Tuesday, August 29, 2006

a boy must learn his limitations

There's many a slip, etc. I bought the new album He Poos Clouds from emusic a few weeks ago filled with excitement about what I thought was a novel sound by a talented musician with a nice line in subversion. Owen Pallett is the one musical member of Final Fantasy (though he apparently has a percussionist/engineer called Leon Taheny to help him too), and has an extremely impressive pedigree. Classically trained in piano, he taught himself violin while studying composition at university in Canada. Performing live, he plays his violin into a sampler which he controls with his feet, looping with previously sampled tracks to give a polished appearance of simultaneity. He tours as part of the string accompaniment to several excellent bands, and can claim co-writing credits for the string arrangements on Funeral, the outstanding album by The Arcade Fire, and on which the strings were such a prominent and splendid feature. Not bad by anyone's standards.

It is a good album - well worth a listen. The arrangements are all wonderful, his voice carries tremendous emotional energy and there is still this image in my mind of hearing this charming and quintessential string quartet only to see them up close and to realize that they're all heavily facially-pierced and bearing the expressions of people in a hurry to get away to get their next fix. And I like that sort of thing. And none of the above has really changed in the time since downloading the album except, I'm afraid, the excitement.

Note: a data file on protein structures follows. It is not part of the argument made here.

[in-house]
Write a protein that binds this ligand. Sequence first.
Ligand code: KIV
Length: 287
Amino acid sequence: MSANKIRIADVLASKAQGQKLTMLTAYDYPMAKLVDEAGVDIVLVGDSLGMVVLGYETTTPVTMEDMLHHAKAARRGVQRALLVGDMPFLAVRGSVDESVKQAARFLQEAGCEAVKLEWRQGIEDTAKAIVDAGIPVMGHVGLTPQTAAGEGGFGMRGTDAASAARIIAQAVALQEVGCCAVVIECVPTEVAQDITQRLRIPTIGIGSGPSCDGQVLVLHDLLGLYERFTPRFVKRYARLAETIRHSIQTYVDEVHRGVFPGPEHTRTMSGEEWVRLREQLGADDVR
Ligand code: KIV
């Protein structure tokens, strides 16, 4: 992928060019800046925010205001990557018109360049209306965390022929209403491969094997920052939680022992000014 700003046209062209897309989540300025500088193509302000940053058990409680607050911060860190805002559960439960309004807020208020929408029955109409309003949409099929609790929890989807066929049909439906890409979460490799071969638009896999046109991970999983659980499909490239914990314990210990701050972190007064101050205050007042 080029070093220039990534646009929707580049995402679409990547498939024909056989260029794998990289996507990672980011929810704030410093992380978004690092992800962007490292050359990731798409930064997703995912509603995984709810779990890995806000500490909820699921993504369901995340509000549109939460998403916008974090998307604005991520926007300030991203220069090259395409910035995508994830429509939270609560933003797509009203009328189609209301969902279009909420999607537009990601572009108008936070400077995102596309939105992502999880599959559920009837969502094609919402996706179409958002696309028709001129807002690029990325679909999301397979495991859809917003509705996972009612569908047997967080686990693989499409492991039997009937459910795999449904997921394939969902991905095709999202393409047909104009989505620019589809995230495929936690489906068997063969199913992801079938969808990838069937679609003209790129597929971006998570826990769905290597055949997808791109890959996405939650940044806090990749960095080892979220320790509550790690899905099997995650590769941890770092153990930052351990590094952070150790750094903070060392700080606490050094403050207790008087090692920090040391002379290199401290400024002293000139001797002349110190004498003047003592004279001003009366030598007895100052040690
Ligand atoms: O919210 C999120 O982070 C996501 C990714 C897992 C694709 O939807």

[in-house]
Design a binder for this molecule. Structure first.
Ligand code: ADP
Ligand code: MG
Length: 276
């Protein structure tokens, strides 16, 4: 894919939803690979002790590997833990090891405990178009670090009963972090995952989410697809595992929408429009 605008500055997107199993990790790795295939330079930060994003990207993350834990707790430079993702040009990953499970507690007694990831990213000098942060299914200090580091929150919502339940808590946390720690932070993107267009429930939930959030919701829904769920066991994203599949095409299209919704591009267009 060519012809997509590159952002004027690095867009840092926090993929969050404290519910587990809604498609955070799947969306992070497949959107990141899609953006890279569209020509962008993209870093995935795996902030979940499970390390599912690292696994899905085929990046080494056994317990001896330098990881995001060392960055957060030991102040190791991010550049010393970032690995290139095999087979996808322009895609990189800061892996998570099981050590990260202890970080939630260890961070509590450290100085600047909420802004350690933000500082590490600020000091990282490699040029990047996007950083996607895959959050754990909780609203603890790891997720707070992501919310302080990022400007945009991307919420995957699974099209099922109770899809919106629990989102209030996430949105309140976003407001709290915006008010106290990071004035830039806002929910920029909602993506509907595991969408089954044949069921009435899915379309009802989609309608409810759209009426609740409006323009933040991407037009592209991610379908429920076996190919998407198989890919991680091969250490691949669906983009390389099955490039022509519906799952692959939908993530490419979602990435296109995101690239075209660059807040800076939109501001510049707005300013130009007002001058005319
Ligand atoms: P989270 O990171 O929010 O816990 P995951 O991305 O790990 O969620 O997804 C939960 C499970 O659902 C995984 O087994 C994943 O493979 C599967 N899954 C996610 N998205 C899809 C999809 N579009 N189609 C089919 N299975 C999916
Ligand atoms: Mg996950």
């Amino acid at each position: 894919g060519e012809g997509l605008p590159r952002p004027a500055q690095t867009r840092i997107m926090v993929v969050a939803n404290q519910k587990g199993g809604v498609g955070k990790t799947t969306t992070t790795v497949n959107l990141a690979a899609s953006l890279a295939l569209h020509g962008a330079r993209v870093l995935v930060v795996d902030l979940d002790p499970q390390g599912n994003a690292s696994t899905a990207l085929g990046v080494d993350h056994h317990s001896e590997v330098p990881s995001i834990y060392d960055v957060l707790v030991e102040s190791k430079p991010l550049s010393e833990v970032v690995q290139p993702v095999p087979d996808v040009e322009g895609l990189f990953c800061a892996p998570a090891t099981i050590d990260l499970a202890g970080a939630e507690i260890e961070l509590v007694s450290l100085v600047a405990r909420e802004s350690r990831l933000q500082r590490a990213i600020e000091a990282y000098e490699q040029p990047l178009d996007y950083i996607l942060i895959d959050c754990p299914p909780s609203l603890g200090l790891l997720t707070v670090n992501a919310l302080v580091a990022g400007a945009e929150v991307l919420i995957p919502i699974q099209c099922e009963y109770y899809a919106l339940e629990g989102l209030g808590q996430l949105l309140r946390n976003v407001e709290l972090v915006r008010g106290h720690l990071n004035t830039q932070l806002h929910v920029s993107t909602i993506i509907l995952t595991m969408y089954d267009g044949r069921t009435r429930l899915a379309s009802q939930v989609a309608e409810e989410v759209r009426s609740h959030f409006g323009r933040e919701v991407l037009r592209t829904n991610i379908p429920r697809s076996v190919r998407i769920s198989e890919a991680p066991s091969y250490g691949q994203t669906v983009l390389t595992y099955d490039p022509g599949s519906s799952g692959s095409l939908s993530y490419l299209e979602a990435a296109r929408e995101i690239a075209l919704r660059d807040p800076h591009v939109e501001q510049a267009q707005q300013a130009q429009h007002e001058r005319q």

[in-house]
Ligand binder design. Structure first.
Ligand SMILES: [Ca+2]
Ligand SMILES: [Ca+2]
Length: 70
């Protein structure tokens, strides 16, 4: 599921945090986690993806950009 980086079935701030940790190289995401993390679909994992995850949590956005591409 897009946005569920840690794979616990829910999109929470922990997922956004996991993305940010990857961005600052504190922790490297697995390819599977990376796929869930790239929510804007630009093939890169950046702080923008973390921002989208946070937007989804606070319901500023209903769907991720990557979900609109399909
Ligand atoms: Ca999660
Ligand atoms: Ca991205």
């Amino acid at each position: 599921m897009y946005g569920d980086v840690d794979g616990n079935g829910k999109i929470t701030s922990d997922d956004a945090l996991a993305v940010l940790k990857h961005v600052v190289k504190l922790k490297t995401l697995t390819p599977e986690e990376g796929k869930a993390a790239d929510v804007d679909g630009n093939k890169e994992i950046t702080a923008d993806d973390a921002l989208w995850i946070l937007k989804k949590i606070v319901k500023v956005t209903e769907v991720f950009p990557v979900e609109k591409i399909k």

I think I made the mistake of listening too hard, and found the songs emptier than I first imagined. I saw the inviting landscape of Pallett's classical arrangements and his chorister voice, and thought that the banshees calling out from behind that - Pallett's own voice as backing vox and some nicely discordant noises - were the snakes in the long grass, the mildew in honeymoon suite, the canker in the rose. Because I think Pallett fancies himself as a bit of a poet, and I think I can go along with that description - precisely. He conveys the anxieties he wants to address very neatly, but without true beauty (even pain can be expressed with beauty), and certainly not true poetry. In a less polished musician this would not create a problem, but in this it gives the impression of not quite enough care being given to the last refinement. I daresay he sees himself as more muscian than lyricist, and his talents there can't be in doubt. You'll find out how it feels to be Owen Pallett, but in a (slightly) disappointingly pedestrian manner. I wanted to take refuge from pain in laughter at the jokes he puts into his lyrics, but the jokes aren't that good, so the pain is undermined. He should read Blake again.

Final Fantasy - He poos clouds

Final Fantasy - Do you love?

Buy He Poos Clouds at Amazon, emusic.

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